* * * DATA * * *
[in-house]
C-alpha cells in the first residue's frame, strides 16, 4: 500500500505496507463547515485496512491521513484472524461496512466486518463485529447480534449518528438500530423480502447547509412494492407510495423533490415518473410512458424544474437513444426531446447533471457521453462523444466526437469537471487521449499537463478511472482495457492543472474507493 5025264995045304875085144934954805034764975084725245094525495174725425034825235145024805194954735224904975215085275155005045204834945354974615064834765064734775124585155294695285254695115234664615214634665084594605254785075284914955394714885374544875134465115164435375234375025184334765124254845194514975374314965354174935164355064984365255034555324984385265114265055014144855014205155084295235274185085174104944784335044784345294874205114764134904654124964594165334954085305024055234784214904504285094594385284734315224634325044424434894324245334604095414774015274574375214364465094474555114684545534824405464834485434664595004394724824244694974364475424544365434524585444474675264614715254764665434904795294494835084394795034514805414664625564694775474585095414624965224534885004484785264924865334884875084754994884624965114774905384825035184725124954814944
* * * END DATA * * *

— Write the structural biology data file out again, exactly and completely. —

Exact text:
[in-house]
C-alpha cells in the first residue's frame, strides 16, 4: 500500500505496507463547515485496512491521513484472524461496512466486518463485529447480534449518528438500530423480502447547509412494492407510495423533490415518473410512458424544474437513444426531446447533471457521453462523444466526437469537471487521449499537463478511472482495457492543472474507493 5025264995045304875085144934954805034764975084725245094525495174725425034825235145024805194954735224904975215085275155005045204834945354974615064834765064734775124585155294695285254695115234664615214634665084594605254785075284914955394714885374544875134465115164435375234375025184334765124254845194514975374314965354174935164355064984365255034555324984385265114265055014144855014205155084295235274185085174104944784335044784345294874205114764134904654124964594165334954085305024055234784214904504285094594385284734315224634325044424434894324245334604095414774015274574375214364465094474555114684545534824405464834485434664595004394724824244694974364475424544365434524585444474675264614715254764665434904795294494835084394795034514805414664625564694775474585095414624965224534885004484785264924865334884875084754994884624965114774905384825035184725124954814944